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US Agencies Told to Assess IoT/OT Security Risks to Boost Critical Infrastructure Protection

The US Government Accountability Office (GAO) has urged several federal agencies to conduct cybersecurity-related assessments in an effort to improve the protection of certain critical infrastructure sectors.

The US Government Accountability Office (GAO) has urged several federal agencies to conduct cybersecurity-related assessments in an effort to improve the protection of certain critical infrastructure sectors.

The GAO pointed out that the DHS, CISA and NIST have issued guidance, alerts, advisories, and other resources in an effort to help federal and private entities manage the cybersecurity risks associated with internet-of-things (IoT) and operational technology (OT) systems.

While steps have been taken to protect critical infrastructure against cyberattacks, GAO believes more should be done by certain agencies.

The US Energy Department has initiatives focusing on OT cybersecurity monitoring technologies and cybersecurity for OT environments. The Department of Health and Human Services provides pre-market and post-market cybersecurity management guidance for medical device manufacturers. The DHS and the Transportation Department’s initiatives include a surface transportation cybersecurity toolkit and a directive on enhancing rail cybersecurity.

These agencies have a leading role in protecting the energy, healthcare, and transportation critical infrastructure sectors against cyberattacks, and the aforementioned initiatives show their commitment to achieving their goals.

[ Read: Increasing Number of Threat Groups Targeting OT Systems in North America ]

However, the GAO is displeased with the fact that none of the three agencies have developed metrics to assess the effectiveness of these initiatives. In addition, they have not conducted IoT and OT cybersecurity risk assessments for the sector as a whole, which prevents them from knowing what other protections might be needed.

“Lead agency officials noted difficulty assessing program effectiveness when relying on voluntary information from sector entities. Nevertheless, without attempts to measure effectiveness and assess risks of IoT and OT, the success of initiatives intended to mitigate risks is unknown,” the GAO said.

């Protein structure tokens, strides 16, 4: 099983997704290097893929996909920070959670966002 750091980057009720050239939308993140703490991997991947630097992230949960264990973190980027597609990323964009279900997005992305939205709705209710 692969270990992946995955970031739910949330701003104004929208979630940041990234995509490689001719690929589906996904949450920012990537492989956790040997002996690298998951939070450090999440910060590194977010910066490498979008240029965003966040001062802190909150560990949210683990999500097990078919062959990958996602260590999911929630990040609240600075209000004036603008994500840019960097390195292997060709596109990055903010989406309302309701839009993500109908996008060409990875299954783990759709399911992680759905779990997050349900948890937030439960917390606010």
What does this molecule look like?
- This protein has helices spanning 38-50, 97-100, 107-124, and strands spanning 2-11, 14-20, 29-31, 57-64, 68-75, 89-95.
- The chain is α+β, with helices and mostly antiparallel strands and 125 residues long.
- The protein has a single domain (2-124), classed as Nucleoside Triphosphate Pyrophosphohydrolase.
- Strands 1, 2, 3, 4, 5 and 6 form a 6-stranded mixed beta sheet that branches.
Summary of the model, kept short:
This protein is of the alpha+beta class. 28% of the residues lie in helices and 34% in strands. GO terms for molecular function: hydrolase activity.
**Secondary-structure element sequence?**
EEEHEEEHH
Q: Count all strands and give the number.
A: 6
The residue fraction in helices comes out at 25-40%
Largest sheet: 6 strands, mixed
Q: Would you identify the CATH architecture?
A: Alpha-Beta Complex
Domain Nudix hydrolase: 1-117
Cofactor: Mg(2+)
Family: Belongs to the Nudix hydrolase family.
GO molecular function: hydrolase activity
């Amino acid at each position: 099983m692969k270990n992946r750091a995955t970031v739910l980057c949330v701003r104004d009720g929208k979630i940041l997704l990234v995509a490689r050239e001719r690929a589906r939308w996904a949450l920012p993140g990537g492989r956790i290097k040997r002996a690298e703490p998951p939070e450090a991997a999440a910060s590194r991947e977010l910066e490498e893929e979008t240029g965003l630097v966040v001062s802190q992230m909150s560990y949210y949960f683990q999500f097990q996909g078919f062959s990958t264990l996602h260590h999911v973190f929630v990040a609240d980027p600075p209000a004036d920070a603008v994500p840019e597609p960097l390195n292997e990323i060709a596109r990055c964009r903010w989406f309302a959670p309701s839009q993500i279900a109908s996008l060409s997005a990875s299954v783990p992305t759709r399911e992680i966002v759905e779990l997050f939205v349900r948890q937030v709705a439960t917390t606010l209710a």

The GAO has made a series of eight recommendations to the four agencies in charge of the energy, healthcare, and transportation sectors, focusing on the needs to establish and use metrics for assessing the effectiveness of IoT/OT cybersecurity efforts, and evaluating cybersecurity risks.

“The Departments of Homeland Security and Transportation concurred with the recommendations while Energy said it would not respond to the recommendations until after further coordination with other agencies. Health and Human Services neither agreed nor disagreed with the recommendations but noted planned actions. Specifically, the department said it planned to update its sector-specific plan but asserted that it cannot compel adoption of the plan in the private sector,” the GAO reported.

The agency pointed out that the IoT Cybersecurity Improvement Act of 2020 prohibits government organizations from buying or using IoT devices that are not compliant with NIST security standards after December 4, 2022. However, the Office of Management and Budget (OMB) had failed to develop a standardized process for waiving this prohibition by November 22, when GAO finished up its report. The GAO is concerned that this could lead to inconsistent actions being taken across agencies.

Related: US Offshore Oil and Gas Infrastructure at Significant Risk of Cyberattacks

Related: Over 12,000 Cyber Incidents at DoD Since 2015, But Incident Management Still Lacking

Related: Electricity Distribution Systems at Increasing Risk of Cyberattacks, GAO Warns

Written By

Eduard Kovacs (@EduardKovacs) is a contributing editor at SecurityWeek. He worked as a high school IT teacher for two years before starting a career in journalism as Softpedia’s security news reporter. Eduard holds a bachelor’s degree in industrial informatics and a master’s degree in computer techniques applied in electrical engineering.

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